Coming soon: Talon 3

Photo for Talon 3 high-performance computing coming soonBy DaMiri Young, services manager, High Performance Computing, and Philip Baczewski, senior director, University Information Technology

Feb. 15, 2017 – HPC staff have been hard at work since last November installing the latest iteration of UNT's Talon High Performance Computing, HPC, system. The system provides a computing environment that coordinates hundreds of individual compute servers and allows UNT researchers to run large and complex calculations that model elements at the atomic level all the way up to structures on a cosmic scale.  This third major upgrade of the Talon HPC system is expected to be available to UNT researchers by the end of February, 2017.

The heart of this upgrade is the acquisition of 192 new Dell servers (computers) that feature dual Intel Xeon E5-2680 CPUs with 14 processer cores each, yielding 28 cores per server and 5,376 total cores in this set of compute nodes. In addition, 16 new servers have been acquired each with the same CPU as well as dual NVidia Tesla K80 Graphic Processor Units (GPU), each with 4,992 co-processor cores (that's a total of about 160,000 CPU cores.)  We have also retained 128 of the Talon2 servers for continued use, yielding a total of 8128 CPU cores.  With the increased processor core count and improvements in the newest Intel CPUs, Talon's theoretical maximum performance has grown from about 90 Teraflops (trillions of floating-point calculations per second) to over 280 Teraflops.

Talon core count growth chart

The upgrade started in November of 2016 when HPC staff removed 96 of the c32 nodes and 16 GPU nodes from the Talon cluster to prepare for the installation of new computing hardware. New equipment was received and installed during the months of December and January. And in late January of 2017, a maintenance period was necessary to modify and extend the Infiniband network infrastructure that supports high speed communication within the HPC cluster. Included in the scope of this work:

  • 200 fiber cables were individually prepared and labeled
  • 100 fiber cables had to be untangled, sorted, and tested
  • 100 core-to-leaf underground cables were run and connected
  • 10 Infiniband leaves (edge switches) were installed and configured
  • 2 new Infiniband cores (central switches) were installed, configured, and connected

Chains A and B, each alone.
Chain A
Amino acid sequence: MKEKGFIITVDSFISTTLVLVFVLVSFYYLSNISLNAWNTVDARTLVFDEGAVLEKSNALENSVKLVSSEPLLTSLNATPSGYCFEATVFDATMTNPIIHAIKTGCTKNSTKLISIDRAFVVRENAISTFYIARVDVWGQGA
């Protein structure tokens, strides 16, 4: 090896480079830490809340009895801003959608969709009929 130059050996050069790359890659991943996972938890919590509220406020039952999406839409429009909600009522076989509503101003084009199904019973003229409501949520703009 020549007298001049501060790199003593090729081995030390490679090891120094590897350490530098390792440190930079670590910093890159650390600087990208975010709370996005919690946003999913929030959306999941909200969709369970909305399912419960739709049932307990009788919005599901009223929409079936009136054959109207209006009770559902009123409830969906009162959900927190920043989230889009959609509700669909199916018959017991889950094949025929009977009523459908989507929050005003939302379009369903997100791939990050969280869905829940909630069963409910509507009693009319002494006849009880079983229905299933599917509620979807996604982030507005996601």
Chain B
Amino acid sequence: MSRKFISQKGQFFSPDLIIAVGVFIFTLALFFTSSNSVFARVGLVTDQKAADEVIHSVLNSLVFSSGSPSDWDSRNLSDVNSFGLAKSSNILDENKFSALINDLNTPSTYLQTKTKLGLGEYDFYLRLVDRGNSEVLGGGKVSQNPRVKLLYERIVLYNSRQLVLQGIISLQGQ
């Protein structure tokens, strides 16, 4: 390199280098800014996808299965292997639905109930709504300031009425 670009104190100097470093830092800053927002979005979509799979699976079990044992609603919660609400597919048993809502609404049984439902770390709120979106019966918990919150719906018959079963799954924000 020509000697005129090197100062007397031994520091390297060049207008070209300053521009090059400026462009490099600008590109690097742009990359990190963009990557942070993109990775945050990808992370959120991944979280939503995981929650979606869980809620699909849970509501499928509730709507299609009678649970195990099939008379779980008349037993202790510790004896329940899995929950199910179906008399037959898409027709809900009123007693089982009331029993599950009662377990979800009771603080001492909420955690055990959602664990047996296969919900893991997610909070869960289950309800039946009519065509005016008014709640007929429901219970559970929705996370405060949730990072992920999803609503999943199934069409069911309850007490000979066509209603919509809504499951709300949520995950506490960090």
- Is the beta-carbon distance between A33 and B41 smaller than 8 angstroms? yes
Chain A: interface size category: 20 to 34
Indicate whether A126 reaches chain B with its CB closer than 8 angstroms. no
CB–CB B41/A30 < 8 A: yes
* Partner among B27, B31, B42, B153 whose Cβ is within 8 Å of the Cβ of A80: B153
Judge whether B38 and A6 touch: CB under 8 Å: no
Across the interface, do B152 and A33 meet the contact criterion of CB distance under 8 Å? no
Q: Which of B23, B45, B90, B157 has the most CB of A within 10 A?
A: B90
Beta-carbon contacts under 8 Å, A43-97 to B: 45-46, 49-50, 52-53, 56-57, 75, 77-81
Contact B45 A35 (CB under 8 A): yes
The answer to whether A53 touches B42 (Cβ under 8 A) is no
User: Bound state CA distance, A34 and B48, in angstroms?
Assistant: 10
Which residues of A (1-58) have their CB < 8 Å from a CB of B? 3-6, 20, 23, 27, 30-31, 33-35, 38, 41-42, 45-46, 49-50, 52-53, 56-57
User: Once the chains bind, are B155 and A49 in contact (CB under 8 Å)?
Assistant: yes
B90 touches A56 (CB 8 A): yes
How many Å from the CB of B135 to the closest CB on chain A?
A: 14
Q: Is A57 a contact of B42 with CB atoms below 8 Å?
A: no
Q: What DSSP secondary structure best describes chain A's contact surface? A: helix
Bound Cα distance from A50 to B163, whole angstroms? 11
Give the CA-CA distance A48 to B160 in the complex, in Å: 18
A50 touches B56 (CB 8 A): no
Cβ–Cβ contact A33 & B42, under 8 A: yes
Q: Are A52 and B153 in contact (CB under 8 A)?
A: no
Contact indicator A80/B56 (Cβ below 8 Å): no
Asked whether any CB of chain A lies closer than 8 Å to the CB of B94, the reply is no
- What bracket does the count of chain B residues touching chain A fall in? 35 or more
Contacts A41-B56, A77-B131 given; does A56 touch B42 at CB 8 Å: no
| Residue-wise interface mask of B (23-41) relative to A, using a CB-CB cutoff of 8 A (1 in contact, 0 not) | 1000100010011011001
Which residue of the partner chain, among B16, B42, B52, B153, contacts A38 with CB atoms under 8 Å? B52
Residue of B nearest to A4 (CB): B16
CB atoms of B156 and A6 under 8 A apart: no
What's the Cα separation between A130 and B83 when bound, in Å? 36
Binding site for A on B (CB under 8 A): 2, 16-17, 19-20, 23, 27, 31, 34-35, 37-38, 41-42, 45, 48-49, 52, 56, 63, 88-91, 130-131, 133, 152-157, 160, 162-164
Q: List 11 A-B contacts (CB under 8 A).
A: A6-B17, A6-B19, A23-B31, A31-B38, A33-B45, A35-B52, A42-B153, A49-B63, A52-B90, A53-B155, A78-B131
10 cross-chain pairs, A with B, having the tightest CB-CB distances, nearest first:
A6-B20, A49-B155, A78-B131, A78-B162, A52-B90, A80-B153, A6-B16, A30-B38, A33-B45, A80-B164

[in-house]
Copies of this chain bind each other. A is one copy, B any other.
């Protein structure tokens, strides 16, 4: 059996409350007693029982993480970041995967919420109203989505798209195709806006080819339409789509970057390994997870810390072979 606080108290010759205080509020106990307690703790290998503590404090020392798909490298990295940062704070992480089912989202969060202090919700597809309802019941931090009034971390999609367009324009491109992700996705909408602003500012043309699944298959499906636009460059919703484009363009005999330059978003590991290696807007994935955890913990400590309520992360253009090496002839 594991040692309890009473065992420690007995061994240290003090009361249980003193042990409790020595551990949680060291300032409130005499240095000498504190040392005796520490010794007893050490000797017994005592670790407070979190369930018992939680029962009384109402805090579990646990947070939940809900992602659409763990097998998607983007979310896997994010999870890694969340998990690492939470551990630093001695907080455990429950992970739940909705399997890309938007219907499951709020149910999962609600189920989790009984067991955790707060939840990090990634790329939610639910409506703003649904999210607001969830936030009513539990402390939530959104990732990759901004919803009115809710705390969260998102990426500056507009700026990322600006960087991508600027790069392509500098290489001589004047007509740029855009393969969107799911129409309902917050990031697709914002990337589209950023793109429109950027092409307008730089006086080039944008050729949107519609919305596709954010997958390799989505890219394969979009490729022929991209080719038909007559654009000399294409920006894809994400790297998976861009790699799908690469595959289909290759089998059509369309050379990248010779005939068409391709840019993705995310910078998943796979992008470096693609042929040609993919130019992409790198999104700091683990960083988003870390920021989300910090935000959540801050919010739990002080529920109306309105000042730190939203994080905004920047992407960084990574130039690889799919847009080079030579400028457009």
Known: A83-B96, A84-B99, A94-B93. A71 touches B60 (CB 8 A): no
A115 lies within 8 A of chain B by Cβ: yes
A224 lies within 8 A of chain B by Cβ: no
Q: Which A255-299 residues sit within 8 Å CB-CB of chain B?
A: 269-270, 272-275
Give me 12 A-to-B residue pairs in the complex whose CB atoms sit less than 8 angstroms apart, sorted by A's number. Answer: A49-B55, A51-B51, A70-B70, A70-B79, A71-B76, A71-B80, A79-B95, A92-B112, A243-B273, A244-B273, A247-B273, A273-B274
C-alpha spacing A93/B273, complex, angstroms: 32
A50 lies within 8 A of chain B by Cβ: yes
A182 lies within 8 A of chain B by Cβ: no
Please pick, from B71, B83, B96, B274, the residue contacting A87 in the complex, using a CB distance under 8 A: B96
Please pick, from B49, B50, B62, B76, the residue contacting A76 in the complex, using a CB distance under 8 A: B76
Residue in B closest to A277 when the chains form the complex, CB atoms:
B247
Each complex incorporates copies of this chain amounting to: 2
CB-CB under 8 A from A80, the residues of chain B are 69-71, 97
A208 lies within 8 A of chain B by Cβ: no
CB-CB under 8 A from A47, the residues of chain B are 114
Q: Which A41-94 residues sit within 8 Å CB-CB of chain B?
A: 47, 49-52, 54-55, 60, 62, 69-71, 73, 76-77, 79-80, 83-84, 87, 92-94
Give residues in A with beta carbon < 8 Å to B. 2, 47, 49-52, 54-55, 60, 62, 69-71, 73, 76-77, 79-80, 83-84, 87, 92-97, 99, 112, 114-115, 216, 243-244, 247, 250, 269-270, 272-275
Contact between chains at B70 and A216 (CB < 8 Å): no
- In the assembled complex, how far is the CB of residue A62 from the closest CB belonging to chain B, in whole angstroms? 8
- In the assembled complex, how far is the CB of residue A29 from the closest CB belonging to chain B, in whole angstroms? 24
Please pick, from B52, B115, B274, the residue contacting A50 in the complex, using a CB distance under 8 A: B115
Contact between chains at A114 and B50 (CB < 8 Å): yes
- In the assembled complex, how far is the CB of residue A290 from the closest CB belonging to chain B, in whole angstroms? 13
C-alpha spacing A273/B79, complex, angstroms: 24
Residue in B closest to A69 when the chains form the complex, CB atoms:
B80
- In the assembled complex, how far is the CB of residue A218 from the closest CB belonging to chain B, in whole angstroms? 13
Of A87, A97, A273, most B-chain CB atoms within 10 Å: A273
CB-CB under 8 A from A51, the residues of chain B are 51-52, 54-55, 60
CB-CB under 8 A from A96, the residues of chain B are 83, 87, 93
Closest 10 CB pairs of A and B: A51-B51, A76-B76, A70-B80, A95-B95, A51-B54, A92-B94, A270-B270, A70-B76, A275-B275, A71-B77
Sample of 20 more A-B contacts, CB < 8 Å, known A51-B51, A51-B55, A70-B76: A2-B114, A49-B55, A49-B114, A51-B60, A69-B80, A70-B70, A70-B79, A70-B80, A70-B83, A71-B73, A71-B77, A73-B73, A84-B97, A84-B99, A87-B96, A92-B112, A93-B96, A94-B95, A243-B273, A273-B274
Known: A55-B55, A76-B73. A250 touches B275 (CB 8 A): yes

• 1 Infiniband core switch was moved, configured, and connected

As of mid-February, operating system configurations are being finalized and cluster-installed research applications are being optimized and tested. The same 1.4 petabytes high-performance Lustre scratch file system will continue to be available under the new configuration as well as additional 700 terabytes object storage for which more information will be available at a later date. 

Once configuration and testing are completed for the new HPC installation, user accounts will be migrated to the new system after which the Talon 2 nodes will be taken offline followed by their integration into the Talon 3 system. One major change for Talon users is that in order to get the best use out of the newly configured system, Talon3 will make use of the SLURM job scheduler. SLURM is a totally different architecture than the UGE scheduler used on Talon 2 and therefore users will need to use different commands and job scripts. Training seminars on using SLURM are being planned and sessions will be held prior and concurrent to the availability of Talon 3 to help users transition to the new scheduler.

We ask that Talon users routinely visit the HPC's website, https://hpc.unt.edu/, as we update it with critical information such as:

  • Basic Talon3 availability and usage information
  • Dates and times of workshops on the new system
  • Tips and tricks to efficiently maximize your utilization

We are excited to usher in a new era of high-performance computing here at UNT. After the dust clears, we are certain researchers will enjoy access to modern resources that enable their significant research activities.